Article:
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Pregnancy & H1N1 Facts for Healthcare Workers


April 1, 2014- Detroit Medical Center First in Midwest to Use New Technology for Treating Coronary Artery Disease

The Detroit Medical Center (DMC) is the first in the Midwest to use a new, state-of-the-art system for treating Coronary Artery Disease (CAD).

Drs. Theodore Schreiber, Mahir Elder, Amir Kaki and Antonious Attallah used the new, advanced crown at DMC Harper University Hospital on Thursday, February 13 to remove plaque build-up on the walls of a patient’s coronary arteries, the most common cause of life-threatening heart disease, and death in men and women in the United States.

Dr. Attallah was the first operator with the team to use this device after FDA approval in the entire Midwest region.

"We have not had much advancement in the field of coronary atherectomy since we only had a single device that we worked with, a rotablator. Now, with the CSI coronary atherectomy, we are bringing in novel technology and new creative ways of treating severely calcified arteries,” said Dr. Attallah. “The ease of use, as well as the versatility of the device to shave off calcium both forward and backwards makes it very attractive. Overall, the device is a huge step forward towards treating such tough lesions and so far, we are encouraged by the results we have seen."

The Diamondback 360® Coronary Orbital Atherectomy System (OAS) is an eccentrically mounted 1.25-millimeter diamond-coated crown that sands away calcium in severely calcified coronary arteries, enabling stent deployment. As the crown rotates and orbit increases, centrifugal force presses the crown against the lesion, reducing arterial calcium, while healthy tissue flexes away.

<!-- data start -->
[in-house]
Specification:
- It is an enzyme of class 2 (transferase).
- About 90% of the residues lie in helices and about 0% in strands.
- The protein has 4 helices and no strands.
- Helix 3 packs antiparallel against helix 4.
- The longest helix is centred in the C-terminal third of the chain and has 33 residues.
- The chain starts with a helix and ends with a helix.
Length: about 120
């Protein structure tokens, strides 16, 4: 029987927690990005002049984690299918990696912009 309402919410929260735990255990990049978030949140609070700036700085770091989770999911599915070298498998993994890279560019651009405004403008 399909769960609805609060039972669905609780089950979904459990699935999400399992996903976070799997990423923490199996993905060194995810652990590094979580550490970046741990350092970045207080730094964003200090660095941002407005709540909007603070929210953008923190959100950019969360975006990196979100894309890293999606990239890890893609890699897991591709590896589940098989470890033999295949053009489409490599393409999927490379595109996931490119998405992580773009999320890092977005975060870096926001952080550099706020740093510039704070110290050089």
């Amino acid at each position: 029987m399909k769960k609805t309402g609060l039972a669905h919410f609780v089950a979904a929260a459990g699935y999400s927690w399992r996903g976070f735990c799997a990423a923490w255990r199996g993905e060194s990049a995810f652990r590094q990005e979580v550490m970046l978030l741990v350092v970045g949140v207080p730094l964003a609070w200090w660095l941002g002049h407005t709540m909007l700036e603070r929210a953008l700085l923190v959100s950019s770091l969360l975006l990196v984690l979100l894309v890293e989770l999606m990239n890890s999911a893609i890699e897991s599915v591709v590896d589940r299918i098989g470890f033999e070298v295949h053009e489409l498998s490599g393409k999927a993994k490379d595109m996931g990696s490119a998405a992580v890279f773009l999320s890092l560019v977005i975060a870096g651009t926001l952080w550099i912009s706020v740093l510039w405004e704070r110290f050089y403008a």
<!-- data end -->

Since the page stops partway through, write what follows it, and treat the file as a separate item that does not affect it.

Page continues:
“The DMC Cardiovascular Institute strives to be at the leading edge of innovative cardiac care, and was selected to use this new technology based on studies of its safety and effectiveness in treating severely calcified coronary lesions. Better tools for these difficult-to-treat blockages could mean major differences in outcomes for our patients,” said Dr. Schreiber, president of the DMC Cardiovascular Institute and new DMC Heart Hospital opening in August.

The Diamondback 360® Coronary OAS uses a patented combination of differential sanding and centrifugal force to reduce arterial calcium that can cause complications when treating Coronary Artery Disease (CAD), a life-threatening condition. Arterial calcium is a common occurrence and can lead to significant complications, with moderate to severe arterial calcium present in nearly 40 percent of patients undergoing a percutaneous coronary intervention in the U.S.


WHAT IS H1N1 INFLUENZA?
H1N1 influenza is a respiratory disease that is caused by a type A influenza virus. The current H1N1 virus contains unique genes from pig and human influenza viruses and hence is called the “Novel H1N1 Influenza Virus”. This strain of flu germ spreads from human to human and can cause illness.



Does H1N1 INFLUENZA pose special risks for pregnant women?